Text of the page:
With elections looming and many states holding shorter sessions, the first half of 2022 was an intense, hurried pace for AKC Government Relations and our clubs and federations.
In the first six months of 2022 AKC GR tracked more than 2,000 dog-related bills on the federal, state, and local levels, many of which were carried over from 2021 sessions. After an emphasis on COVID-related issues for the last two years, the canine legislative landscape in 2022 is returning to a variety of animal welfare issues.
Legislative Trends and Issues
The following are some of the prominent legislative issues AKC GR has been addressing so far in 2022. To view all the bills we are currently tracking, we encourage you to visit our Legislative Action Center at www.akcgr.org and click on the “Legislative Tracking” tab.
Dog Care Standards – As with 2021, AKC GR continues to closely monitor the federal “Puppy Protection Act”, which seeks to create numerous new requirements regarding how breeders care for their animals. Many states have also sought to impose new regulations or standards of care for dogs this year. Examples include Maryland HB 16/SB 44, which sought to regulate the temperatures in which dogs should be outdoors; and New Jersey (A. 2401/S.3607), a proposal that that would have regulated the keeping of large dogs. Many states and local jurisdictions also experienced attempts to regulate tethering.
California went so far as to introduce a “Dog and Cat Bill of Rights” (AB 1881) that stated that animals have the right to certain standards of care.
AKC GR continues to see many “one size fits all” dog laws that do not take into account the needs of individual breeds or individual dogs. Happily, there have been many instances already this year where we, along with state federations and local clubs, have been able to successfully amend or stop onerous bills that would have imposed arbitrary requirements not appropriate for all dogs. For example, the New Jersey bill impacting owners of large dogs was defeated, and approximately 10 bills in New York that sought to impose inappropriate standards for dogs outdoors were held in committee. In Tennessee, 6 bills that would have imposed onerous new requirements on breeders, and created arbitrary and vague tethering laws did not advance.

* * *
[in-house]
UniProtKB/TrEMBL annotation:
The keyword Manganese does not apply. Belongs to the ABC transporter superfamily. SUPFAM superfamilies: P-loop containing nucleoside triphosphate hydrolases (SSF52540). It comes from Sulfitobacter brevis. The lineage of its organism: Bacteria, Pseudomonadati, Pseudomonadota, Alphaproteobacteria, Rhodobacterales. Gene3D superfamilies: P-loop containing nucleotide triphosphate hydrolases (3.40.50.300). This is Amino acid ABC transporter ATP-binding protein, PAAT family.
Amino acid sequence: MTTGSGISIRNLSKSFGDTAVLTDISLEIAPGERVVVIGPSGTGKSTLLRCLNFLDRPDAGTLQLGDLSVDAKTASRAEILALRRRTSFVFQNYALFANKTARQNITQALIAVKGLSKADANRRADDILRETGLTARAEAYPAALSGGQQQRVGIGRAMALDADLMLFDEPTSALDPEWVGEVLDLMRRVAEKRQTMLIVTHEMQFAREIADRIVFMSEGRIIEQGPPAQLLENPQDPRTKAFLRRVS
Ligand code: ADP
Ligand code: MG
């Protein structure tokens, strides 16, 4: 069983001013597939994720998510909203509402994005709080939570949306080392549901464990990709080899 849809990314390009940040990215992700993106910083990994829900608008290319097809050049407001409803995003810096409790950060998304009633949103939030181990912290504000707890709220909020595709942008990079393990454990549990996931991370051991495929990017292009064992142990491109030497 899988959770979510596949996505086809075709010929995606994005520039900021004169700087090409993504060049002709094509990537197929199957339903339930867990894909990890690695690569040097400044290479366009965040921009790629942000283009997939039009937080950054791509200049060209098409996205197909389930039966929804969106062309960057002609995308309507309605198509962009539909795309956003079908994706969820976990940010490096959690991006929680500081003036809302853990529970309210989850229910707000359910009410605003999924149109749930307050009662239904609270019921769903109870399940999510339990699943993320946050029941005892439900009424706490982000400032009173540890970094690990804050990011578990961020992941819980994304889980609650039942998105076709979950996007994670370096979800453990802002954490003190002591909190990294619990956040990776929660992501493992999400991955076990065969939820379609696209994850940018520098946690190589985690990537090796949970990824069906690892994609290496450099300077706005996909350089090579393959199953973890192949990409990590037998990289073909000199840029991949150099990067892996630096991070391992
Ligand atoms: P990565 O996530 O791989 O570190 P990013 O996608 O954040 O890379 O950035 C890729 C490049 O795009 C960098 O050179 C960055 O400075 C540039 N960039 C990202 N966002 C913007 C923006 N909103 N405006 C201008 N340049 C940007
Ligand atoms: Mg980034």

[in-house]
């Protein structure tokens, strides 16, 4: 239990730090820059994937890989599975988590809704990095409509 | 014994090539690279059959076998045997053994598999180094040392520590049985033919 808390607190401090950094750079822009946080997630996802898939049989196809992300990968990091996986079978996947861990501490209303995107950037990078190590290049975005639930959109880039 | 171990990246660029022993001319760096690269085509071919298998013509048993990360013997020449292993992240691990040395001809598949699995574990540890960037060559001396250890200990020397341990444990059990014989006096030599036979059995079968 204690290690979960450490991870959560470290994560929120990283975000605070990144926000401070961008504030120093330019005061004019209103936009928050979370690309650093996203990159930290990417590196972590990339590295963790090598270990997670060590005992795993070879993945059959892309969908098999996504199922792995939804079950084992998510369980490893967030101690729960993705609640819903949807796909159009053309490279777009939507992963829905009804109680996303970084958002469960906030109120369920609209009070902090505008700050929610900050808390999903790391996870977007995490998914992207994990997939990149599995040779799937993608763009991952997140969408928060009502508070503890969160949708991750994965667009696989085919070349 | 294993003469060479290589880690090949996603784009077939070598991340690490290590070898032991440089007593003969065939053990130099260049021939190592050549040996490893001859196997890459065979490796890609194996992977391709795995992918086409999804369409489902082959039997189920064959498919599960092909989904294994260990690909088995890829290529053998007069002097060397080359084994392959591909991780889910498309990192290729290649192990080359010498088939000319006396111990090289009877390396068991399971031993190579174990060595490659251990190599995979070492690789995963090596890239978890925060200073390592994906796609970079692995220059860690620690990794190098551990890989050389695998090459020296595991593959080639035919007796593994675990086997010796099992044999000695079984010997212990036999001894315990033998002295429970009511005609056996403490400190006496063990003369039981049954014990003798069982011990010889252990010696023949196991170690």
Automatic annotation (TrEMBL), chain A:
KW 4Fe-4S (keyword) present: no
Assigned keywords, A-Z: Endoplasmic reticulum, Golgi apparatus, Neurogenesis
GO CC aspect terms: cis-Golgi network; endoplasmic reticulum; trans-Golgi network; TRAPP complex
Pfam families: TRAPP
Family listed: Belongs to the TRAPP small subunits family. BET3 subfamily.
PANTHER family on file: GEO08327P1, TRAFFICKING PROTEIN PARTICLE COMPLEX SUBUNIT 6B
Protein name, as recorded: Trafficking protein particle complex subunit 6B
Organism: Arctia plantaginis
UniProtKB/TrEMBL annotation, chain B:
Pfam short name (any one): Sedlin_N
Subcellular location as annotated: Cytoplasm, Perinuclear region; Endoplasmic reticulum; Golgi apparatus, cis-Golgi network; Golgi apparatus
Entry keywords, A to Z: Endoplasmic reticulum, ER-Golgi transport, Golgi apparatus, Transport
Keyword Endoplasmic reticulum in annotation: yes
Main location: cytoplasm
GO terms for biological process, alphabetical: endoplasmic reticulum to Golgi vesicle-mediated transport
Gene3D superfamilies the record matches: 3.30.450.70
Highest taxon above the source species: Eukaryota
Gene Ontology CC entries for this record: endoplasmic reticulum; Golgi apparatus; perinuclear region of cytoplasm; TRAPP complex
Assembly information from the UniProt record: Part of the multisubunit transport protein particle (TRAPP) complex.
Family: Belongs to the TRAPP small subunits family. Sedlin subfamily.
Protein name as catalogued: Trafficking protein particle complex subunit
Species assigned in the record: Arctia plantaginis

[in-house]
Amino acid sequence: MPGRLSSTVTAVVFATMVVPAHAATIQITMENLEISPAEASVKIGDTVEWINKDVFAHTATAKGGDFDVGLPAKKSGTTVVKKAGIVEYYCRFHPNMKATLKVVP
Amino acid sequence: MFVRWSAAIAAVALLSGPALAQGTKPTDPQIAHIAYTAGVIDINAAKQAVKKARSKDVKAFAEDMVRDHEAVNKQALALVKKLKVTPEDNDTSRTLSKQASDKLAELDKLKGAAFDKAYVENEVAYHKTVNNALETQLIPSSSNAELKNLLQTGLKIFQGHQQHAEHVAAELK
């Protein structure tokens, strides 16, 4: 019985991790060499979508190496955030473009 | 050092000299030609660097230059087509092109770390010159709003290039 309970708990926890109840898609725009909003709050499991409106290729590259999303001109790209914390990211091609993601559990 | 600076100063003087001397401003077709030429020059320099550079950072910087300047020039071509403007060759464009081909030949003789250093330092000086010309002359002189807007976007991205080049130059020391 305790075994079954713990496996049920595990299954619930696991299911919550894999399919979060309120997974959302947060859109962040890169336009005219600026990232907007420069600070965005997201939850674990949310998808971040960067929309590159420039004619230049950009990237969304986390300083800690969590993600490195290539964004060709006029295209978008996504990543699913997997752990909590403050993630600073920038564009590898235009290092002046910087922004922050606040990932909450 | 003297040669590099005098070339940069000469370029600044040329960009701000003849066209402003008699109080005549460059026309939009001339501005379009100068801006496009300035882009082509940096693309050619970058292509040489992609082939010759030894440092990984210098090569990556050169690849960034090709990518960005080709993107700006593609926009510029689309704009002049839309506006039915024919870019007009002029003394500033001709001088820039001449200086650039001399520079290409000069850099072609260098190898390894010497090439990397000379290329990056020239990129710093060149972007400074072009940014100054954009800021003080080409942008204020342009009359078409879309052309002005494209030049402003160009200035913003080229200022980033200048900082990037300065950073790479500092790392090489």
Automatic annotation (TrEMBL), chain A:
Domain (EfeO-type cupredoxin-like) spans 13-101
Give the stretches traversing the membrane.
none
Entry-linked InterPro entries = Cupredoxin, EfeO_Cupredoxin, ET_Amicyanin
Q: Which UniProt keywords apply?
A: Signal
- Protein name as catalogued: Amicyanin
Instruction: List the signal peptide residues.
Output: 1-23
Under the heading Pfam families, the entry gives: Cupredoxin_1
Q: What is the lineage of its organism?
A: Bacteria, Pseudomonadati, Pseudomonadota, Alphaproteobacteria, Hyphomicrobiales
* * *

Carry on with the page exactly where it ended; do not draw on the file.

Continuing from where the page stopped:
In each case, the Government Relations team focuses on educating, providing data and positive alternatives for legislative proposals that have potentially negative consequences for dogs and their owners. We also continue to develop new resources for you to share with lawmakers and community leaders. All of these resources are available in the AKC Legislative Action Center. Click on the ”Key Issues” tab to find resources, organized by issue, to help you communicate with lawmakers. This year, AKC GR has added a key issue regarding tethering and dogs outdoors, as we continue to see a significant number of proposals on the state and local levels seeking to address that issue.
Importation – AKC GR is seeing increasing interest among lawmakers to regulate the importation of dogs in order to address public health concerns. AKC GR is pleased to support the federal Healthy Dog Importation Actwhich will help ensure dogs coming into the United States meet certain health standards.
In June, the U.S. Centers for Disease Control and Prevention (CDC) updated rules addressing dogs coming into the United States from certain countries. AKC GR has provided a new graphic to help dog owners understand the new regulations and what is required to import a dog into the country.
Many states have also sought to address concerns about canine importation and transportation. In addition to providing new requirements and standards for the state’s animal shelters, S. 6840/A.6246 pending on the governor’s desk in New York, also establish a quarantine system for dogs coming in from out of the state. AKC GR is supporting this bill, which provides reasonable public health protections while still allowing responsible owners, rescues, and exhibitors to bring dogs into the state.
The Governor of Rhode Island approved SB 2751/HB 7785 in May 2022 that establishes quarantine zones for animals coming into the state that are suspected of carrying zoonotic diseases.
For more talking points on this issue, and the latest information on federal guidelines, visit the Importation key issue page in the Legislative Action Center.